Individuals interested in obtaining specific skills and knowledge relating to the many diverse areas of plant, forestry, and animal science may also register for Ratcliffe Hicks courses as non-degree students. Non-degree students do not have to apply for formal admission to the University.
The Ratcliffe Hicks School of Agriculture offers scholarships for qualified individuals entering the two-year program. Selected applicants receive up to $1,500 toward educational expenses in their first semester. Based on academic performance, scholarships may be renewed for three additional semesters.
Incoming students are automatically reviewed for scholarships prior to entering the program. Selection is based on academic and career-related accomplishments, and potential for continued success.
Many scholarships in Agriculture and Natural Resources are available to Ratcliffe Hicks students. For more information, visit the College of Agriculture, Health and Natural Resources website.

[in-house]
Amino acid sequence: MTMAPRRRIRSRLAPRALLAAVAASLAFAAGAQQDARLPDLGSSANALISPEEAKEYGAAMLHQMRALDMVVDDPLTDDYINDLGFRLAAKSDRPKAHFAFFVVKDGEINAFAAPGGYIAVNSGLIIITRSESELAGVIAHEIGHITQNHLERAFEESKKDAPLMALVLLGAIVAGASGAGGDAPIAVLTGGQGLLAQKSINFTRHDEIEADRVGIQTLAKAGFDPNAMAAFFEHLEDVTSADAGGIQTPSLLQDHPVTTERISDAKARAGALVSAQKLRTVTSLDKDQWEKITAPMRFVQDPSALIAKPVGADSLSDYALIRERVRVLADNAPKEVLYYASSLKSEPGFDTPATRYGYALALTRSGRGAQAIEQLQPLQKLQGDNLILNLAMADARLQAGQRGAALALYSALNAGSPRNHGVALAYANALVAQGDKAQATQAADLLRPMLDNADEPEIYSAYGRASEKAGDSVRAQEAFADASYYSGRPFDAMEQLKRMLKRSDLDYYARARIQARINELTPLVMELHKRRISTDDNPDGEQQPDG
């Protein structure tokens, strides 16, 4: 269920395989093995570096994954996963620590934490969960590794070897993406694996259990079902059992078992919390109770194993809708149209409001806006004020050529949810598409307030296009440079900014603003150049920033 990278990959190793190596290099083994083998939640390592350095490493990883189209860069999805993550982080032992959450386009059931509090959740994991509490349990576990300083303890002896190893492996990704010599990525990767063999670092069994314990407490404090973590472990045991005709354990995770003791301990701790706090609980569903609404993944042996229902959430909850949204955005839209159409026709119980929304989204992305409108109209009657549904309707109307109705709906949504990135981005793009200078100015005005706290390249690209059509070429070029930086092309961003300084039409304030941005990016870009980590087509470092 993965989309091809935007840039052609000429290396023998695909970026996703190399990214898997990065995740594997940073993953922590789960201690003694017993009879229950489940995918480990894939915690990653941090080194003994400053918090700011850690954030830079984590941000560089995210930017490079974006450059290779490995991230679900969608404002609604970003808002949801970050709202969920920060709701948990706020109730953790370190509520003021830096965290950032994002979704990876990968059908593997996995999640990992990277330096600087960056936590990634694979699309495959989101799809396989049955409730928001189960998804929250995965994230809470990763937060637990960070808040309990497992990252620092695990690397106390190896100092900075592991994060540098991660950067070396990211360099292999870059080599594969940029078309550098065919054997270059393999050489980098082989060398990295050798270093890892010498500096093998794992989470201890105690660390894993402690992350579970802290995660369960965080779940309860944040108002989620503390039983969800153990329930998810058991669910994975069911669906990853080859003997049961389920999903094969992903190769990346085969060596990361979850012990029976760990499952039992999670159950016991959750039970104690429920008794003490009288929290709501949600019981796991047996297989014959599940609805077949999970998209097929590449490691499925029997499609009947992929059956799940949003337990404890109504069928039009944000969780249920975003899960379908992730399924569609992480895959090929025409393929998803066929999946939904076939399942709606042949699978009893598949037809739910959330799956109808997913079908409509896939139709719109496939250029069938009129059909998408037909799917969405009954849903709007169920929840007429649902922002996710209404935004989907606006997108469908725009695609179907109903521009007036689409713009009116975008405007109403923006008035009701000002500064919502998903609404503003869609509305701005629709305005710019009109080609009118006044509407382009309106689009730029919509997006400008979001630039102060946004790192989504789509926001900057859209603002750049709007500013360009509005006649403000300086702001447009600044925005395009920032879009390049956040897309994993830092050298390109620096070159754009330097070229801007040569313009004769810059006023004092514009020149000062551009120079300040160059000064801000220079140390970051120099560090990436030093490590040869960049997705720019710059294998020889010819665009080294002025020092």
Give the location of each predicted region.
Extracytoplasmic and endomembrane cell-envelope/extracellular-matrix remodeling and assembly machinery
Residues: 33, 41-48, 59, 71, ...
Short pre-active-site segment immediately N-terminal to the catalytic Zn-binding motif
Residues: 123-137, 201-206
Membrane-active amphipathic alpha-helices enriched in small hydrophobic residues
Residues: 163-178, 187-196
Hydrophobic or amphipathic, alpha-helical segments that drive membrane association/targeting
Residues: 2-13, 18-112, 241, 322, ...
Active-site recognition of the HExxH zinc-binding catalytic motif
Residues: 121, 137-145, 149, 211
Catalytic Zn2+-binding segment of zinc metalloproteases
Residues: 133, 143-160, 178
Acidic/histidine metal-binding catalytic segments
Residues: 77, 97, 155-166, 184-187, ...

Associate Degree Curricula
The Ratcliffe Hicks School of Agriculture students major in Plant Science, Animal Science, or Urban Forestry and Arboriculture.
Plant Science majors may concentrate in ornamental horticulture, turfgrass management, or sustainable crop production. Graduates pursue careers in golf course management, sports turf management, floriculture, landscape and grounds maintenance, greenhouse and garden center operations, nursery management, interiorscaping, park and land management, public horticulture or various positions within the entire food crop production chain from field to fork.
Animal science majors focus on equine studies or production agriculture, including both dairy and livestock. Graduates seek positions in the horse industry, production enterprises, animal health, breeding and genetics, nutrition, meat science and food handling, or related industries.
Urban Forestry and Arboriculture majors focus on the care and maintenance of individual trees and urban forest tracts near buildings, roads, and other developments. This major provides students with needed vocational skills to pursue a career in arboriculture and urban forest management, including the knowledge required to sit for the CT Arborist license exam.